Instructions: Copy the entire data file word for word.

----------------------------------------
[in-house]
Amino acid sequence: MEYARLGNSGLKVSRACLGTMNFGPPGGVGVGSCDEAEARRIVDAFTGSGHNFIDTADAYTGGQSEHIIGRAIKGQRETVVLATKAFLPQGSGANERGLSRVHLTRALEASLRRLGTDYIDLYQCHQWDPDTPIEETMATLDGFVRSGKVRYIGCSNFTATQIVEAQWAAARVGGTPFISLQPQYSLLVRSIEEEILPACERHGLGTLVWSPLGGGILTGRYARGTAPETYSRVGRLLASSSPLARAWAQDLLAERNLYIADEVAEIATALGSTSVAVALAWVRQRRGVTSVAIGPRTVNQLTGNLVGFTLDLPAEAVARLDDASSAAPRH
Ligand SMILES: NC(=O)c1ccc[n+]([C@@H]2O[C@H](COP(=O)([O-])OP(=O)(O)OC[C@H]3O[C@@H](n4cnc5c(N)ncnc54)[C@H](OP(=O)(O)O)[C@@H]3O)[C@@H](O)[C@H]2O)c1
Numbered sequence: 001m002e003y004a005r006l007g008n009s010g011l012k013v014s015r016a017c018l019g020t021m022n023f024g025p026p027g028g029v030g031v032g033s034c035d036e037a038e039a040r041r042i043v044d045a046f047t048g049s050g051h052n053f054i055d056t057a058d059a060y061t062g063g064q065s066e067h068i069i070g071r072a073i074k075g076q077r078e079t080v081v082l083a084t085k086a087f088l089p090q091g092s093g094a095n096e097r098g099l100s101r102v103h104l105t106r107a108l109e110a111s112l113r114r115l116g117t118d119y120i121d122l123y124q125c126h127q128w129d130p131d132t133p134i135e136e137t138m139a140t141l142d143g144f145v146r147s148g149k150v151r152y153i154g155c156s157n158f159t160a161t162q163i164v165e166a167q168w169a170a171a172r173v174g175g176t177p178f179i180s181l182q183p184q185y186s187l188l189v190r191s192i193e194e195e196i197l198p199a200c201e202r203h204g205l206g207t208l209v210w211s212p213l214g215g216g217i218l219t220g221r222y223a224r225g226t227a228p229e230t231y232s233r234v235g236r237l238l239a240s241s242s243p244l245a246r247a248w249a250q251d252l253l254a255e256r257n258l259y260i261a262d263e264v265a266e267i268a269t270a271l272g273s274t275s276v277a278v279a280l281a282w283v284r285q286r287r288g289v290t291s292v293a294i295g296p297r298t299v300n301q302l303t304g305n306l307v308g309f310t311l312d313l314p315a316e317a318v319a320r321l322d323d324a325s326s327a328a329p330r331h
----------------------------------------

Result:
[in-house]
Amino acid sequence: MEYARLGNSGLKVSRACLGTMNFGPPGGVGVGSCDEAEARRIVDAFTGSGHNFIDTADAYTGGQSEHIIGRAIKGQRETVVLATKAFLPQGSGANERGLSRVHLTRALEASLRRLGTDYIDLYQCHQWDPDTPIEETMATLDGFVRSGKVRYIGCSNFTATQIVEAQWAAARVGGTPFISLQPQYSLLVRSIEEEILPACERHGLGTLVWSPLGGGILTGRYARGTAPETYSRVGRLLASSSPLARAWAQDLLAERNLYIADEVAEIATALGSTSVAVALAWVRQRRGVTSVAIGPRTVNQLTGNLVGFTLDLPAEAVARLDDASSAAPRH
Ligand SMILES: NC(=O)c1ccc[n+]([C@@H]2O[C@H](COP(=O)([O-])OP(=O)(O)OC[C@H]3O[C@@H](n4cnc5c(N)ncnc54)[C@H](OP(=O)(O)O)[C@@H]3O)[C@@H](O)[C@H]2O)c1
Numbered sequence: 001m002e003y004a005r006l007g008n009s010g011l012k013v014s015r016a017c018l019g020t021m022n023f024g025p026p027g028g029v030g031v032g033s034c035d036e037a038e039a040r041r042i043v044d045a046f047t048g049s050g051h052n053f054i055d056t057a058d059a060y061t062g063g064q065s066e067h068i069i070g071r072a073i074k075g076q077r078e079t080v081v082l083a084t085k086a087f088l089p090q091g092s093g094a095n096e097r098g099l100s101r102v103h104l105t106r107a108l109e110a111s112l113r114r115l116g117t118d119y120i121d122l123y124q125c126h127q128w129d130p131d132t133p134i135e136e137t138m139a140t141l142d143g144f145v146r147s148g149k150v151r152y153i154g155c156s157n158f159t160a161t162q163i164v165e166a167q168w169a170a171a172r173v174g175g176t177p178f179i180s181l182q183p184q185y186s187l188l189v190r191s192i193e194e195e196i197l198p199a200c201e202r203h204g205l206g207t208l209v210w211s212p213l214g215g216g217i218l219t220g221r222y223a224r225g226t227a228p229e230t231y232s233r234v235g236r237l238l239a240s241s242s243p244l245a246r247a248w249a250q251d252l253l254a255e256r257n258l259y260i261a262d263e264v265a266e267i268a269t270a271l272g273s274t275s276v277a278v279a280l281a282w283v284r285q286r287r288g289v290t291s292v293a294i295g296p297r298t299v300n301q302l303t304g305n306l307v308g309f310t311l312d313l314p315a316e317a318v319a320r321l322d323d324a325s326s327a328a329p330r331h